According to orthodoxy, the reason for quantum mechanics being mentioned in connection with consciousness or future influence is plainly “one is weird, the other is weird, so mingle them together” (actual reason given by a peer reviewer rejecting my scientific article – this is how low “peer review” in modern science has sunk, and do not expect editors to step in to protect standards).


    For those of us who are not just career technicians crunching boring statistics staring at CERN computers or massaging theories to maximize the number of articles that can be generated, the connection between quantum physics and future influence is obvious, perhaps even more obvious than the one between conscious observation and quantum phenomena: Classically, stuff just happens or does not happen, period. Quantum mechanics is all about the ‘mechanics’ of quantum interference, where one classically allowed path or history destructively interferes with another one so that both possibilities do actually not happen after all, but a different one instead, one that for example interfered constructively with yet other potentialities.


    That classical paths, say those of electrons traversing the double slit in Young’s double slit experiment, destructively interfere (destroy each other), is accepted knowledge. You will not be criticized for “The dark spot in the interference pattern comes from all the paths going there destructively interfering with each other so that nothing arrives.” You are allowed to assume there ‘first’ exist such paths actually traversed by virtual particles but ‘then’ they destroy each other (in a causal rather then temporal sense). You are allowed to talk this way, because at least this interpretation toes the classical Party-line concerning time: The past and cause (interference on the paths) creates the future (observed interference pattern). Such interpretations, much like the infinity of virtual particle loops, describe the way we mathematically calculate, and we use this way to calculate because it comes easy to our classical intuition.


    We must equally refuse or accept future influence. If histories A, B, and C are all classically possible, but C is mostly observed because it leads to a stable or in some way self-consistent result, while A and B would lead to outcomes that are seldom observed, it will be proper to describe the situation “as if” the future outcome, the future destructive decoherence, de-selects paths A and B already in the present. Otherwise, physics is mostly going along paths of the A and B type but then just stops like some may think happens for the unobserved alive Schroedinger cats (a possible description, but certainly not what defenders of the mainstream had in mind).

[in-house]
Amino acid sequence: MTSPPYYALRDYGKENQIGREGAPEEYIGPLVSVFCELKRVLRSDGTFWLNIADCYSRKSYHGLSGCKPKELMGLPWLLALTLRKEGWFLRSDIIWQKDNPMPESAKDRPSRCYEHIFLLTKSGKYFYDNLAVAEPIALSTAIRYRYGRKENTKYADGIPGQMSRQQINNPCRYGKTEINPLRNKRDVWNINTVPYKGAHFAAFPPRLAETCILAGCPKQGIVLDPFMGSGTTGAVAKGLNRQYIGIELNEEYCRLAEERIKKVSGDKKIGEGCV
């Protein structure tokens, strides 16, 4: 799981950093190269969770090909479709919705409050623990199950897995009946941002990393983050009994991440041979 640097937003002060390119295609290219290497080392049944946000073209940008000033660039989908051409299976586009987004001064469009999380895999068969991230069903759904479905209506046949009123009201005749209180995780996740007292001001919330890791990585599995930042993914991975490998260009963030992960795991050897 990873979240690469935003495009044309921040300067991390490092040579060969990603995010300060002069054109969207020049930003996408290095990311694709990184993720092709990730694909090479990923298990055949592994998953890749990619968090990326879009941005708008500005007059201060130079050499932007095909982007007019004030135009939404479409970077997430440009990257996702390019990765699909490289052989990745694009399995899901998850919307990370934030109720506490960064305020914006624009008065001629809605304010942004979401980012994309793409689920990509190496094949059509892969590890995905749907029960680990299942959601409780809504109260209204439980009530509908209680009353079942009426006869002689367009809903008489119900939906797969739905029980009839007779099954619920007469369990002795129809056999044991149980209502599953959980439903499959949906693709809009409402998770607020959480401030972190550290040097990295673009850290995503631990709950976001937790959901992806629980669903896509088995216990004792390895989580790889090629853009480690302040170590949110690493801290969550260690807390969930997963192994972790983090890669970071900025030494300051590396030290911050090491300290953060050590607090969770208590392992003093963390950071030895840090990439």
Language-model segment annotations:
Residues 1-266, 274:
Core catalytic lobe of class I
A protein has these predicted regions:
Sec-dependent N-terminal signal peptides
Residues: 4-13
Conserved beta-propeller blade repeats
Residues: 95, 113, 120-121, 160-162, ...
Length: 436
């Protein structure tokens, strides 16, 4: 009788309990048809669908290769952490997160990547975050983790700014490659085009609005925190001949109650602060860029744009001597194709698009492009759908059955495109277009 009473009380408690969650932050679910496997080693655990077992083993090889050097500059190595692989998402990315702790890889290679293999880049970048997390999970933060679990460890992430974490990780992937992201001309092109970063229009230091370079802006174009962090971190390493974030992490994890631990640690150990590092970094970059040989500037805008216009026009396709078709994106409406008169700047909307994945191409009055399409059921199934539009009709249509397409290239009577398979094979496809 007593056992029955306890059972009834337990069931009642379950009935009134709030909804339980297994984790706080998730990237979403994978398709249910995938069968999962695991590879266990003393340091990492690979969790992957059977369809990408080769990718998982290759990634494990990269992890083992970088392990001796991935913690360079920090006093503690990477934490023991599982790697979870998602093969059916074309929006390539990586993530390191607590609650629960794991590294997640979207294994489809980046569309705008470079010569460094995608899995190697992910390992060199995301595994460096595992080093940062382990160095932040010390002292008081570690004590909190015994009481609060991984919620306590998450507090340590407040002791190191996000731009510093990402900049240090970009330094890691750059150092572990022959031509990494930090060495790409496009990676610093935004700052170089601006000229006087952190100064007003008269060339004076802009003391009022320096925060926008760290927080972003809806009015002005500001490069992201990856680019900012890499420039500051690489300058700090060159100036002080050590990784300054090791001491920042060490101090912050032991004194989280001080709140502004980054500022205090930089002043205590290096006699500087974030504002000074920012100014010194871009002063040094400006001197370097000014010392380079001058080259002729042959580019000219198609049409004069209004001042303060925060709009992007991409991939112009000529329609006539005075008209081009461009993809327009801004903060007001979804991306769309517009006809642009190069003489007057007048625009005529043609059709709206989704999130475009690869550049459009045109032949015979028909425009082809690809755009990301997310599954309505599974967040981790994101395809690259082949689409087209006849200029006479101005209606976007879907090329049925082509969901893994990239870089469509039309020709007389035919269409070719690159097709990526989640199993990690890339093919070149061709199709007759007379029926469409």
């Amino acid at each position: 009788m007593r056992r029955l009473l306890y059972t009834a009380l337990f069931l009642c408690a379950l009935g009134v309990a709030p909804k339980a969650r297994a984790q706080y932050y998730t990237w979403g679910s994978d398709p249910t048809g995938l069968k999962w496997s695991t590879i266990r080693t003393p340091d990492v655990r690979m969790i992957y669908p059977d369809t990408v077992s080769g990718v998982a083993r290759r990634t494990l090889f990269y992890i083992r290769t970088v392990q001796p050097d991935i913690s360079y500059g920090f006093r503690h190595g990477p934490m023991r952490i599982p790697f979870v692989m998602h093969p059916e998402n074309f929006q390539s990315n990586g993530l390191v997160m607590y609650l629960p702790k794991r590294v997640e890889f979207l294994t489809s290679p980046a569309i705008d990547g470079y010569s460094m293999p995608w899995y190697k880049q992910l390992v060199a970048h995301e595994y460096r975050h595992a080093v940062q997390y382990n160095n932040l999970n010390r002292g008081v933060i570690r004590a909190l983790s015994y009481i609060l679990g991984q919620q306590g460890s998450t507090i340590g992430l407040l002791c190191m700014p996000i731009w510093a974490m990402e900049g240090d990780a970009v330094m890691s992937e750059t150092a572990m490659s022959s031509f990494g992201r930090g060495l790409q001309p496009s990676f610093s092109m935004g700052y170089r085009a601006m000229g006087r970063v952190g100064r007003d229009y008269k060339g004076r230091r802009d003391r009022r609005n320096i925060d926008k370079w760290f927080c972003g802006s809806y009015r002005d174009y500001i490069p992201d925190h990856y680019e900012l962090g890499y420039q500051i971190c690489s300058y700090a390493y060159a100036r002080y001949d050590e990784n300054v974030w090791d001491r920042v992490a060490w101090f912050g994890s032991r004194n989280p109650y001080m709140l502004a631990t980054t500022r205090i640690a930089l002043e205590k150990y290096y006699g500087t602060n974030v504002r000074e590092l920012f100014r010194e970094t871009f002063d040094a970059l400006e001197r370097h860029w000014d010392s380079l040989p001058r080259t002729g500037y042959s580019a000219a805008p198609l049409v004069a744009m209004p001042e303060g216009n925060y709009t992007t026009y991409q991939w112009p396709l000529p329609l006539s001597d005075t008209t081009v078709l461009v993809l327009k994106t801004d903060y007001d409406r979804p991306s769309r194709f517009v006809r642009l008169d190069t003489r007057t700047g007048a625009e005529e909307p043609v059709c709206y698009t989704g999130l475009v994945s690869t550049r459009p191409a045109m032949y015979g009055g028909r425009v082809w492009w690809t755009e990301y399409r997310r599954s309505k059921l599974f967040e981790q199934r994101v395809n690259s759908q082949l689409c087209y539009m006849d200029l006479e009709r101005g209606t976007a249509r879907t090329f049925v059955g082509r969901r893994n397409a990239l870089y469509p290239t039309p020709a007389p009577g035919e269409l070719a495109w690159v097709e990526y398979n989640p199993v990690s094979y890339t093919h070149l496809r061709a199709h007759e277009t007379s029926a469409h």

Do not misunderstand “as if” in the previous paragraph. Widely accepted descriptions seemingly involving past influence in quantum physics are precisely as much “as if”! How much influence there actually is from the future or the past neither depends on known quantum physics nor known classical physics but on precisely those transitions between them which we know still little about. The question is for example whether such influence can extend into the classical macro realm. Well, there have been quite some surprises lately for example in quantum biology.


    If interest exists, we can discuss whether evolution could ever pick up on such quantum mechanisms to allow precognition, we can go into whether future influence is the whole point of quantum physics, but we will not discus whether virtual particles are really real or whether tachyons time travel (they don’t). (UPDATE: Here is the follow up post, the most interesting of which may be the discussion in its comment thread.)

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    [1] Journal of Personality and Social Psychology, 100, 407-425 (2011) [Note: Citing peer reviewed papers does not imply commitment to their claims.]

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    Comments